Autologous Osteochondral Grafting
As more young athletes participate in competitive sports, orthopedic and sports medicine specialists see a growing number of overuse injuries, including osteochondritis dissecans (OCD). The condition, which most often affects the knee but also occurs in the elbow, may include subchondral bone necrosis, articular cartilage failure, and loose body formation. If left untreated, OCD cause progressive joint damage and impairment.
Capitellar OCD is a relatively common injury among athletes who play sports with a large amount overhead throwing or weight-bearing activities. Both male and female athletes, particularly baseball pitchers and gymnasts, present in Boston Children’s Hospital Orthopedic and Sports Medicine Center with OCD lesions of the developing capitellum.
Treatment options for capitellar OCD
The goal of any OCD treatment is to facilitate bone healing, preserve function and stability of the elbow, and enable athletes to return to their sport. To this end, orthopedic specialists have a host of nonsurgical and surgical options when treating capitellar OCD.
As we report in a previous study, more than half of stable OCD lesions heal with simple time off from sports and observation. However, patients with extensive damage or persistent pain despite a period of rest may need surgery.
A procedure called autologous osteochondral grafting (AOG) replaces diseased bone and cartilage with healthy tissue taken from a donor site, such as the non-weight bearing portion of the lateral femoral condyle. AOG is well established as a treatment for OCD of the knee. For the past 10 years, surgeons in our Orthopedic and Sports Medicine Center have tested the method to repair OCD lesions of the elbow as well.
We describe our preferred surgical technique and share our results in an article for JPOSNA (May 2020).
Early results at Boston Children’s and other research centers show that AOG is as effective or superior to other surgical methods to repair unstable capitellar OCD injury with considerable bone involvement. In numerous studies, 94 percent of patients who underwent AOG returned to their primary sport. By comparison, only 64 percent of patients treated with fixation and 71 percent who underwent microfracture and debridement returned to theirs.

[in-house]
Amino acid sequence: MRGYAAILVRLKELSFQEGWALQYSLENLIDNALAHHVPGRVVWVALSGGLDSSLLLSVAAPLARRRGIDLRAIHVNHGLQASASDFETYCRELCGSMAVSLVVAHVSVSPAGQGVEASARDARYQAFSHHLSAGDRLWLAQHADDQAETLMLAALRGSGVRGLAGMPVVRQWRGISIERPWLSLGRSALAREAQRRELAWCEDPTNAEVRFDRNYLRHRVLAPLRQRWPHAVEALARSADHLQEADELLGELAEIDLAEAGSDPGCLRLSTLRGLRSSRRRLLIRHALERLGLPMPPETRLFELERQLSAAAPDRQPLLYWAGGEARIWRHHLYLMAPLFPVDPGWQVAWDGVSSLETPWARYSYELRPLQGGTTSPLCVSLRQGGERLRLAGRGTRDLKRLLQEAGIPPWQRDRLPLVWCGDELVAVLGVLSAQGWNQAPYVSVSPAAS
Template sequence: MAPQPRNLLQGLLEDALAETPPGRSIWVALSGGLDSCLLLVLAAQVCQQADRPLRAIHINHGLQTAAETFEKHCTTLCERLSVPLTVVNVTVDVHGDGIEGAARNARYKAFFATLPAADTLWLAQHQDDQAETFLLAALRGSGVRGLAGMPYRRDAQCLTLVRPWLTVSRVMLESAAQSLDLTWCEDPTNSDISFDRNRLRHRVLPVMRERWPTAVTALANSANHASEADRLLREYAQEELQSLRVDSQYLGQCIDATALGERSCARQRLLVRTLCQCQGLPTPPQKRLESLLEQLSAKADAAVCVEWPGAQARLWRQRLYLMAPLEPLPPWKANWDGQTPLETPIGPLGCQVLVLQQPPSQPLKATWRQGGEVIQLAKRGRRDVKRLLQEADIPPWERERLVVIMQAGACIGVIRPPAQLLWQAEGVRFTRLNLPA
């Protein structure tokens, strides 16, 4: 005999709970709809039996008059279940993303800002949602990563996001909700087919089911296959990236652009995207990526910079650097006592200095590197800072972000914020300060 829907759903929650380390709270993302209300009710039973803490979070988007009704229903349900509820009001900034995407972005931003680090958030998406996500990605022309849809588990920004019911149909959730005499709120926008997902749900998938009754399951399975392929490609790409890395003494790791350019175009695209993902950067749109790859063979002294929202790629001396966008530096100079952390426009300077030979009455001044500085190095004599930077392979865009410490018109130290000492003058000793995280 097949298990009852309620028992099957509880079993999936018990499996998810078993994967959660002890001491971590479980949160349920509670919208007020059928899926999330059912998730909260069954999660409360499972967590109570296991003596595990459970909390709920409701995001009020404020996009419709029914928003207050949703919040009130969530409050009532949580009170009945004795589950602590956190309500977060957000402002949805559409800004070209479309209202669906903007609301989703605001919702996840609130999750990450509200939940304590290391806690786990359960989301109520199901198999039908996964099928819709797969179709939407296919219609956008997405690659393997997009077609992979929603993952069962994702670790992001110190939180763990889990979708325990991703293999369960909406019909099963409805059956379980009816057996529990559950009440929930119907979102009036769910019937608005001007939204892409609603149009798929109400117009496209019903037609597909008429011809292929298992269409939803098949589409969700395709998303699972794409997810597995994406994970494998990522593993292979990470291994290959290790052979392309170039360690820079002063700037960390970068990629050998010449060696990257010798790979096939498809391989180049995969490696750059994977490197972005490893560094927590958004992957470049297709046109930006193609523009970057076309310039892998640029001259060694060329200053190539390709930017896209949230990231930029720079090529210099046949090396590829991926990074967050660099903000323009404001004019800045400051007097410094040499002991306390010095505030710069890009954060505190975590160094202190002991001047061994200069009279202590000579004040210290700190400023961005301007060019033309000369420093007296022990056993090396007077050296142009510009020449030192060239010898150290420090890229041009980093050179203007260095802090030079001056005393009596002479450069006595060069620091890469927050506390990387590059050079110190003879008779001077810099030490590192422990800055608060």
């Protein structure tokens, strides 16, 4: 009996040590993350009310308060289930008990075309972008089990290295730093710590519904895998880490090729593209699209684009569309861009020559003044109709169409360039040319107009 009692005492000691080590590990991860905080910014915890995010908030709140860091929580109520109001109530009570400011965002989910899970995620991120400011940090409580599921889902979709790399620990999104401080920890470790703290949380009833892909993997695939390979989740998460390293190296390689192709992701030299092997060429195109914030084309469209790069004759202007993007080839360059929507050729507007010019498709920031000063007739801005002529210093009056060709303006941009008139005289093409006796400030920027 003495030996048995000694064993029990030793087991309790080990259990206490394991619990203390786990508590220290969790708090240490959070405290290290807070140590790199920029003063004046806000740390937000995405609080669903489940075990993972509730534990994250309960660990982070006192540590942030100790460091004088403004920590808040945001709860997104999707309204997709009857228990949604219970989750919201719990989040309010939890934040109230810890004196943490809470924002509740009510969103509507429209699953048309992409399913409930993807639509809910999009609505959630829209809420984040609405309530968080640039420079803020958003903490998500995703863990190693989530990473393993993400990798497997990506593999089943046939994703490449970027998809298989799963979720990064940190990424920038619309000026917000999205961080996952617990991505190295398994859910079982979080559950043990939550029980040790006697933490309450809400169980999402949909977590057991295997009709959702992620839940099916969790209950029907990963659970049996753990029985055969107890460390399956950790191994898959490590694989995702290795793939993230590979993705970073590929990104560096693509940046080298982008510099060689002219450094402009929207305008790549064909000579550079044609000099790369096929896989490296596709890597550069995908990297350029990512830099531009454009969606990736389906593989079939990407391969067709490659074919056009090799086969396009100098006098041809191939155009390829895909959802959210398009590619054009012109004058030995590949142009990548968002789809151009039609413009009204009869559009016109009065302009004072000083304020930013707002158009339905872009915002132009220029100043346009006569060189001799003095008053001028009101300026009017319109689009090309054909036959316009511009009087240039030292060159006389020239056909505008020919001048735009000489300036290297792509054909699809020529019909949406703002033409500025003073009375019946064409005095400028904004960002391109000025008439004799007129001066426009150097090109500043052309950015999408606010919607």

The future of autologous transplantation for capitellar OCD
Boston Children’s continues to study the potential benefits and long-term outcomes of autologous transplantation for capitellar OCD. Despite positive early results, we recognize the need for further study to understand the longer-term impact on patients’ function and mobility. To this end, Boston Children’s is leading a multi-center prospective registry to answer these and other questions about the procedure.
ET Zheng, A Choi, DS Bae. Autologous Osteochondral Grafting for Capitellar Osteochondritis Dissecans. JPOSNA, May 2020; 2(1).
EL Niu, Frances A Tepolt, DS Bae, DG Lebrun, MS Kocher. Nonoperative management of stable pediatric osteochondritis dissecans of the capitellum: predictors of treatment success. J Shoulder Elbow Surg. 2018 Nov;27(11):2030-2037.
Bae DS, Ingall EM, Miller PE, Eisenberg K. Early Results of Single-plug Autologous Osteochondral Grafting for Osteochondritis Dissecans of the Capitellum in Adolescents. J Pediatr Orthop. 2020 Feb; 40(2):78-85.
Lewine EB, Miller PE, Micheli LJ, Waters PM, Bae DS. Early Results of Drilling and/or Microfracture for Grade IV Osteochondritis Dissecans of the Capitellum. J Pediatr Orthop. 2016 Dec; 36(8):803-809.